# N2O production vs air distillation

After producing nitrogen by distilling air, how is that nitrogen used with the oxygen to yield nitrous oxide ($\ce{N2O}$)? I see $\ce{N2O}$ available in different purities from various suppliers, but how is that different from just distilling air? When distilling nitrogen from air, once both gasses have reached the right temp/pressure to become a liquid, what is preventing it from becoming $\ce{N2O}$ in a liquid form instead of one floating on top of the other? These questions are in reference to an automotive application.

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• Just so we're clear here, liquid air is a physical mixture, a solution composed mostly of dinitrogen ($\ce{N2}$), dioxygen ($\ce{O2}$) and argon ($\ce{Ar}$). There are almost no nitrous oxide molecules. In principle you could take $\ce{N2}$ and $\ce{O2}$ and react them (combustion) to produce $\ce{N2O}$, but this process would be quite difficult to control, as there are several more stable nitrogen oxides. This probably precludes usage of nitrogen combustion in oxygen as a source of large amounts of nitrous oxide. – Nicolau Saker Neto Jul 29 '15 at 2:13

After producing nitrogen by distilling air, how is that nitrogen used with the oxygen to yield nitrous oxide ($\ce{N2O}$)?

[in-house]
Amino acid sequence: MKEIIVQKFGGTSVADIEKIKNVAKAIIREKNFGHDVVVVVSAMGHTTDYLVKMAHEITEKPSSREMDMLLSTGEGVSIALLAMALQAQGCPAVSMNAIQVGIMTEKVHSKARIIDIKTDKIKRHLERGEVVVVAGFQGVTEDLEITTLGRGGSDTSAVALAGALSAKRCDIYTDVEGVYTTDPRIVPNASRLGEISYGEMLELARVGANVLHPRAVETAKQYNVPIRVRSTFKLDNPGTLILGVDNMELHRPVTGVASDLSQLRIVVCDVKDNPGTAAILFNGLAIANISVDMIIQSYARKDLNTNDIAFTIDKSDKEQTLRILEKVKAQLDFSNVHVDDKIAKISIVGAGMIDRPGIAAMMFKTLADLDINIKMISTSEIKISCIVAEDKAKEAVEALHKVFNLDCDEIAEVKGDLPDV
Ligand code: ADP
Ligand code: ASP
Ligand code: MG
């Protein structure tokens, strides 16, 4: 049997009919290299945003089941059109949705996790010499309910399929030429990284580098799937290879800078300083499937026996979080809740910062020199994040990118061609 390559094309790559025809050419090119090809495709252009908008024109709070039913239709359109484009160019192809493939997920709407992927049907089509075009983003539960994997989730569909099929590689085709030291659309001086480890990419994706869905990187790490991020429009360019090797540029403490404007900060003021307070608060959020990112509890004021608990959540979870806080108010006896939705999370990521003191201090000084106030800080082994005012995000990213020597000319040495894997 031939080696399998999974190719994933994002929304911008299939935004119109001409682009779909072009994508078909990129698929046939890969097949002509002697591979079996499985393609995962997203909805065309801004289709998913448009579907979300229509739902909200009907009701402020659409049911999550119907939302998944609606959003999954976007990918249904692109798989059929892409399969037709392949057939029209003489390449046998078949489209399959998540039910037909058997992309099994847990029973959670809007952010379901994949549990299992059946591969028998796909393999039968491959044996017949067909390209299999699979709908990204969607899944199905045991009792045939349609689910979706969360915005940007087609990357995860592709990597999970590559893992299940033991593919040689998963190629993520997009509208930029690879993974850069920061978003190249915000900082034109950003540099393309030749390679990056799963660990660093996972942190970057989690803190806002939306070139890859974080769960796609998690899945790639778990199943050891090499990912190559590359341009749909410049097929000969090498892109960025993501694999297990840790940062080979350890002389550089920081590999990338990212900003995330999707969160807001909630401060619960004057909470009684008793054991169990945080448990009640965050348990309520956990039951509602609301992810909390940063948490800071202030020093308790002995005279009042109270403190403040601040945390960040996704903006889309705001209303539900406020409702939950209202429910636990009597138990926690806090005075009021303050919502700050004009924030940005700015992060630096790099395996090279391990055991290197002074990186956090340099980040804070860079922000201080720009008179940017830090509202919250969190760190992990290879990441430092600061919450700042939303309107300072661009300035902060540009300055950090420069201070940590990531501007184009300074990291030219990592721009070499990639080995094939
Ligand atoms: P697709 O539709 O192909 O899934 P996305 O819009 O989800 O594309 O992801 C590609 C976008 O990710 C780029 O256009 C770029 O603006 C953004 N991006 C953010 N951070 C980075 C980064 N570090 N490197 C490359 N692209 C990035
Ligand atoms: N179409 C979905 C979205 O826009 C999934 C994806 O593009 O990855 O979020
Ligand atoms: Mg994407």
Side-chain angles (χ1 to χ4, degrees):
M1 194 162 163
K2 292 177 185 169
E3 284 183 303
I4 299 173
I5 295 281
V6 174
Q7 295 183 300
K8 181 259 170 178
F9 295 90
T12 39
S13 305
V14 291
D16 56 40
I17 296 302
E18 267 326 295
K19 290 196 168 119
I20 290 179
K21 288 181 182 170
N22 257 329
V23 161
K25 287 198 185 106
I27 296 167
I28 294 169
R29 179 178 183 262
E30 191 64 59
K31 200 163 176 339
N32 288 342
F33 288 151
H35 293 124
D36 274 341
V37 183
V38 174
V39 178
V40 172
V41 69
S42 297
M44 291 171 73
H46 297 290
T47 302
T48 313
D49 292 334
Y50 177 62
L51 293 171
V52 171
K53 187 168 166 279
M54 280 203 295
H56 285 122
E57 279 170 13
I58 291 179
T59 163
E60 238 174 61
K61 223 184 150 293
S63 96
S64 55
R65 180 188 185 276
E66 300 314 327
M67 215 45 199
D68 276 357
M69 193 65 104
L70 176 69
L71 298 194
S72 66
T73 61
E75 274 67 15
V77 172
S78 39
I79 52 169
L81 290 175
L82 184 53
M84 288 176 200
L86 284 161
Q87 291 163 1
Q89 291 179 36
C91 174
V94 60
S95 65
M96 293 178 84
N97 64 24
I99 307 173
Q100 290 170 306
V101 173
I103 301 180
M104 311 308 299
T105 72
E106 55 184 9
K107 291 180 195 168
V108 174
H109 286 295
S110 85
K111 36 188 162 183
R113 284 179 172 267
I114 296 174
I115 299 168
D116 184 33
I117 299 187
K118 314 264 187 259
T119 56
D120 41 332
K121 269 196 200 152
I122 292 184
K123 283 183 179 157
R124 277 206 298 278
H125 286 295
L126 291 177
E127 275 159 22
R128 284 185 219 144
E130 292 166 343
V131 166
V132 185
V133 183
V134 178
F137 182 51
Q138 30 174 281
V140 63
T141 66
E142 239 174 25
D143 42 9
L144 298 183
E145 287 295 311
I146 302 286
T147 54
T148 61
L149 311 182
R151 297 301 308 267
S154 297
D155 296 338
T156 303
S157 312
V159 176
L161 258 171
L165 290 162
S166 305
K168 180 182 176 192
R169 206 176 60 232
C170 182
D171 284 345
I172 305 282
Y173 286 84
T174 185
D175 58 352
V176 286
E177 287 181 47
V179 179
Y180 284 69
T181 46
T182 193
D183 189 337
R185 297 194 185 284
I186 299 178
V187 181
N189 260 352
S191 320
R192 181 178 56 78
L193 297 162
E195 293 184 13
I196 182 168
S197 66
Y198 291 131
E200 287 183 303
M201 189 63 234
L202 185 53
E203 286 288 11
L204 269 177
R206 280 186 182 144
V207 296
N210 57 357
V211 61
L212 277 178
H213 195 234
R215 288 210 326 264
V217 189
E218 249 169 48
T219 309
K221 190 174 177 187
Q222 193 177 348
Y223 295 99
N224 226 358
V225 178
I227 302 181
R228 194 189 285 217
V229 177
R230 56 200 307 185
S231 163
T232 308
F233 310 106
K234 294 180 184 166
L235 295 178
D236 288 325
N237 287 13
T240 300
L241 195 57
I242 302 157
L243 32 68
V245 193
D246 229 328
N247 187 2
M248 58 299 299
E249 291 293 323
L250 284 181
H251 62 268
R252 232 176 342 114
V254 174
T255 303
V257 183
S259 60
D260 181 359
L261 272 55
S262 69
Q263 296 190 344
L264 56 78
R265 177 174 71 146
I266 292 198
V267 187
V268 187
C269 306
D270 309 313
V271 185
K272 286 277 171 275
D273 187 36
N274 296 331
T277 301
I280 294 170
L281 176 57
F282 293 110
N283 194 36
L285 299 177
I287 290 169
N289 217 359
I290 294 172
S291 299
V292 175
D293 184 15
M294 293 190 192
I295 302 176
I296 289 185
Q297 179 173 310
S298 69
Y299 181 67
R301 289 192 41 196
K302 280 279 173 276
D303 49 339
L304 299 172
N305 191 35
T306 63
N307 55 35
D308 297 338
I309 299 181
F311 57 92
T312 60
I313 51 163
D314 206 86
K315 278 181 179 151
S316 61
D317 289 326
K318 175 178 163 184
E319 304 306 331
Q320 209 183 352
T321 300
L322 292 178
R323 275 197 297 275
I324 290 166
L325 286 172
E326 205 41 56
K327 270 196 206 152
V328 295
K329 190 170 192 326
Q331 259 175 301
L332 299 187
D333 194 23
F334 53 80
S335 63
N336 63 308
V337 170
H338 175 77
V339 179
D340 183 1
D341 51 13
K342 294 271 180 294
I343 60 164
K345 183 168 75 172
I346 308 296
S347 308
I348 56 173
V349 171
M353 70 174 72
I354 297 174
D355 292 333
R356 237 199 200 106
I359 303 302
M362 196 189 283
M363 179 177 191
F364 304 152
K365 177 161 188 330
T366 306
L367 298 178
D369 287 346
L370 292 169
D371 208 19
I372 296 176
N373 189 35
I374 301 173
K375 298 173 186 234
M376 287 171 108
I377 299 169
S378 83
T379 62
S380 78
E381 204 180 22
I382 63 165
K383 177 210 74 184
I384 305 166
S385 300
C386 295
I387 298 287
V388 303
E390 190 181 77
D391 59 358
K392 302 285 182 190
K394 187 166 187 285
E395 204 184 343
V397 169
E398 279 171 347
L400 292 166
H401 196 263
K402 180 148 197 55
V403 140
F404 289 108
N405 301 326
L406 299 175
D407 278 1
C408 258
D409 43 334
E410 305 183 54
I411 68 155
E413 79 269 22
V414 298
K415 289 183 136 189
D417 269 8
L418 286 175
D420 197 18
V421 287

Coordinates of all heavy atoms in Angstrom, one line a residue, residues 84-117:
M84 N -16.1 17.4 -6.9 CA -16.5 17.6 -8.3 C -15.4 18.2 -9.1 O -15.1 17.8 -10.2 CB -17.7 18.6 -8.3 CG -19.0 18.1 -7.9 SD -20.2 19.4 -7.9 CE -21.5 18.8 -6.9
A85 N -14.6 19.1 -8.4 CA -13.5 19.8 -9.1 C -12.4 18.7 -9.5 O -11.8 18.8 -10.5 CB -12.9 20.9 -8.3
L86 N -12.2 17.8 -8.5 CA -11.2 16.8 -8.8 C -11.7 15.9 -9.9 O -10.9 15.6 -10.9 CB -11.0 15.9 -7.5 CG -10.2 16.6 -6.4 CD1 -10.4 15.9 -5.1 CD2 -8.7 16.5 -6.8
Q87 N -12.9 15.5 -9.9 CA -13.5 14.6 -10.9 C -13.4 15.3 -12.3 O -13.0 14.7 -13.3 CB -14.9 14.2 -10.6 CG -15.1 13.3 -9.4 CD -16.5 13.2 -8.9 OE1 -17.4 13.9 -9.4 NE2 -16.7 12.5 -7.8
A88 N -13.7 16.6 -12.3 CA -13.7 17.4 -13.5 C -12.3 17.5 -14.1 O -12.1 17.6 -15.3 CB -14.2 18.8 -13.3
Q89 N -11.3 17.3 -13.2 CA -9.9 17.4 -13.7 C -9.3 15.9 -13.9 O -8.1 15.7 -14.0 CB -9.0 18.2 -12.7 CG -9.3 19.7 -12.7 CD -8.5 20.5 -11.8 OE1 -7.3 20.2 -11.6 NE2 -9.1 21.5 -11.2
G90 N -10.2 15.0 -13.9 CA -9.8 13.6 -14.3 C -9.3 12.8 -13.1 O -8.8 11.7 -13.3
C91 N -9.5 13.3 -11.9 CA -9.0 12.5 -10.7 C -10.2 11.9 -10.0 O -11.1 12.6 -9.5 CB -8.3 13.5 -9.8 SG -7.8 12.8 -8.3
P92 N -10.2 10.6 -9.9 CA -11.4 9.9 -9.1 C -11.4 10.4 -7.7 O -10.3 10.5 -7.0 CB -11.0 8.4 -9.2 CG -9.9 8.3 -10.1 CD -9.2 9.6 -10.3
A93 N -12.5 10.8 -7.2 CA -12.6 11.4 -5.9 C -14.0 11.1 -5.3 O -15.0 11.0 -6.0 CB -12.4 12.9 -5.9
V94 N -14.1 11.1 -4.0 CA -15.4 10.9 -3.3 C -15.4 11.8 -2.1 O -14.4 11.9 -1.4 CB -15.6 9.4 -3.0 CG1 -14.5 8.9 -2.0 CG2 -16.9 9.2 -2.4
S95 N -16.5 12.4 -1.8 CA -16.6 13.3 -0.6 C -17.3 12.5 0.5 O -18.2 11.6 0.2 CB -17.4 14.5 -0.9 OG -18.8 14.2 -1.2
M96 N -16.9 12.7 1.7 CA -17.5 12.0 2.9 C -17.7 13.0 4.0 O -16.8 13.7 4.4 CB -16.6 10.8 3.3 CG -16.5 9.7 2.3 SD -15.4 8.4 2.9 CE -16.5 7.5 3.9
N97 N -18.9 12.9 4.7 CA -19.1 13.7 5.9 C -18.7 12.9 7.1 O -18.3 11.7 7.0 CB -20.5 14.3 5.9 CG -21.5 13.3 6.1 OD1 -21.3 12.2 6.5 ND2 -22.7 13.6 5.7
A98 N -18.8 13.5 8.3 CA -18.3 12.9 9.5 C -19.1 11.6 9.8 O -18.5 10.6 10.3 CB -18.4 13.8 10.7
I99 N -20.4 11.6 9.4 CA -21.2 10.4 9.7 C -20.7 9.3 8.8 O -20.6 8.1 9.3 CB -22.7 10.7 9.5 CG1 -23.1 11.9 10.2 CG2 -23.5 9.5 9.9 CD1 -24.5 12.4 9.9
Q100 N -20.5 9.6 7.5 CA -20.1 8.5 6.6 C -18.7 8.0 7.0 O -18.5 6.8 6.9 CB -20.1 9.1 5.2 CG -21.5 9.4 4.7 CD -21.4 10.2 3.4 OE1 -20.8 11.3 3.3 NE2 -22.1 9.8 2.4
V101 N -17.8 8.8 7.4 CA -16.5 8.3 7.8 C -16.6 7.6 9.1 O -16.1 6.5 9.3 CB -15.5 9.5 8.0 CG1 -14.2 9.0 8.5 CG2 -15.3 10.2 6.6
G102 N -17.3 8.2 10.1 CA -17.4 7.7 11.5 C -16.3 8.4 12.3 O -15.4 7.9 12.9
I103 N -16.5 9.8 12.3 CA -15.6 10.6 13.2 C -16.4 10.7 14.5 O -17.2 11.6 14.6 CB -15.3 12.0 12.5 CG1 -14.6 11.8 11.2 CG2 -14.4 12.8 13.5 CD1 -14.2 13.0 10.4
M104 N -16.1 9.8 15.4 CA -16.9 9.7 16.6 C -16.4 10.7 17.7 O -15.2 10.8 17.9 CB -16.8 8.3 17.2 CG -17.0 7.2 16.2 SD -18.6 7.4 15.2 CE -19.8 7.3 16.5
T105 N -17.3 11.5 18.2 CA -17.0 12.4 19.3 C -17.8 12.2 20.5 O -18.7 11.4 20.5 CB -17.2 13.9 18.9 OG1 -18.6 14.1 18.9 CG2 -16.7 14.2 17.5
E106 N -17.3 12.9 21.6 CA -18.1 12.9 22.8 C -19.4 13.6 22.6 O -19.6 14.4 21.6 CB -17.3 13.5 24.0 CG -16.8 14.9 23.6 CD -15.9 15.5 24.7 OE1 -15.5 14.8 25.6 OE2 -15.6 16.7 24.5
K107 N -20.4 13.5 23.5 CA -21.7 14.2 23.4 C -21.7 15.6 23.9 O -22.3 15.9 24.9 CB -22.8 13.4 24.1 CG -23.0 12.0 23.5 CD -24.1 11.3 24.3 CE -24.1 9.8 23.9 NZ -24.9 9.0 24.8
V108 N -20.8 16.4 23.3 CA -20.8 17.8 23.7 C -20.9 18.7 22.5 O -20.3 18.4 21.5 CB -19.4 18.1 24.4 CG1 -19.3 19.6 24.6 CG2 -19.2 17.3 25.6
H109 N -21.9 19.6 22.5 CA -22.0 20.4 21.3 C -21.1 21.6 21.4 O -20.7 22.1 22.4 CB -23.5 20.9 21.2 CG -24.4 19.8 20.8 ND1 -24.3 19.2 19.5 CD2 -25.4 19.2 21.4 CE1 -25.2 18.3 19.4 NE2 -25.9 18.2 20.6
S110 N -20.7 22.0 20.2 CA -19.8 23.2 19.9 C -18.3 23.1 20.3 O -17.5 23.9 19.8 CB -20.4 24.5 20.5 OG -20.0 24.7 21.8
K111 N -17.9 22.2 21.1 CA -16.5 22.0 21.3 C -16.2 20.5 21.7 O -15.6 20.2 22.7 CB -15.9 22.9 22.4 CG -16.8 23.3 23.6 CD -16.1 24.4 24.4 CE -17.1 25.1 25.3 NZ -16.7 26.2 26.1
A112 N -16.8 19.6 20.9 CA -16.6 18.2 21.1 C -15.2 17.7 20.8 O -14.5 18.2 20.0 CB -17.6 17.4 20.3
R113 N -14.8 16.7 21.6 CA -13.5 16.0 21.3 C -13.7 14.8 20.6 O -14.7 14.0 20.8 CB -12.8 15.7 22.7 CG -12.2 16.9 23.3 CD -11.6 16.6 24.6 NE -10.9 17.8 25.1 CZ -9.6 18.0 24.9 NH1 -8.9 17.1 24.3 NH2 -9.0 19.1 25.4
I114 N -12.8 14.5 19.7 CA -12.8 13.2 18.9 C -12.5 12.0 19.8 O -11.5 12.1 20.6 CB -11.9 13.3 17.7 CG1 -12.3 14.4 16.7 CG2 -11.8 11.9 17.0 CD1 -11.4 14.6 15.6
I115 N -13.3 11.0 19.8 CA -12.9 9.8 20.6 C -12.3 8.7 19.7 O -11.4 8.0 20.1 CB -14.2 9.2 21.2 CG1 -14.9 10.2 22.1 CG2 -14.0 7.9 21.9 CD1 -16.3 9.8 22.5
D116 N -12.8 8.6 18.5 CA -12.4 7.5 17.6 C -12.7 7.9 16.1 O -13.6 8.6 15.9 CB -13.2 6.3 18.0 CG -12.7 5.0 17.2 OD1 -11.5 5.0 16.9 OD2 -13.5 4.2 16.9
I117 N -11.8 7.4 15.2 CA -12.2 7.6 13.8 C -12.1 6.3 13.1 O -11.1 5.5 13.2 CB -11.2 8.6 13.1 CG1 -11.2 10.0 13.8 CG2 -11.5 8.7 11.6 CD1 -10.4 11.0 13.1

It's not clear to me that $\ce{N2O}$ is produced from $\ce{N2}$: Rather, it appears that commercial quantities of $\ce{N2O}$ are produced by thermally decomposing ammonium nitrate: $$\ce{NH4NO3(s) -> N2O(g) + 2H2O(g)}$$ as described (at least) by this manufacturer and supplier of nitrous oxide gas plants. See the comprehensive Wikipedia entry for more information.

I see $\ce{N2O}$ available in different purities from various suppliers, but how is that different from just distilling air?

I'm not sure what you mean here.

When distilling nitrogen from air, once both gasses have reached the right temp/pressure to become a liquid, what is preventing it from becoming $\ce{N2O}$ in a liquid form instead of one floating on top of the other?

Nitrogen is liquid in the range 63 to 77 K; for oxygen, it's 54 to 90 K. Thus, the temperature range for which both are liquids is bounded by the range on nitrogen, or roughly between 63 and 77 K.

The temperature at which nitrous oxide solidifies (182 K per Wikipedia) is much higher than the temperature range at which oxygen and nitrogen are in the liquid phase, and thus it would have come out of solution as a solid long before the requisite temperature was reached. Thus, we would not expect to see liquid $\ce{N2O}$ co-existing with liquid oxygen and nitrogen.

Note bene: I am using the pressure range of 5 to 10 bars as cited here in assuming that liquid and solid phases of the above moieties do not coexist during industrial gas production at these relatively low pressures.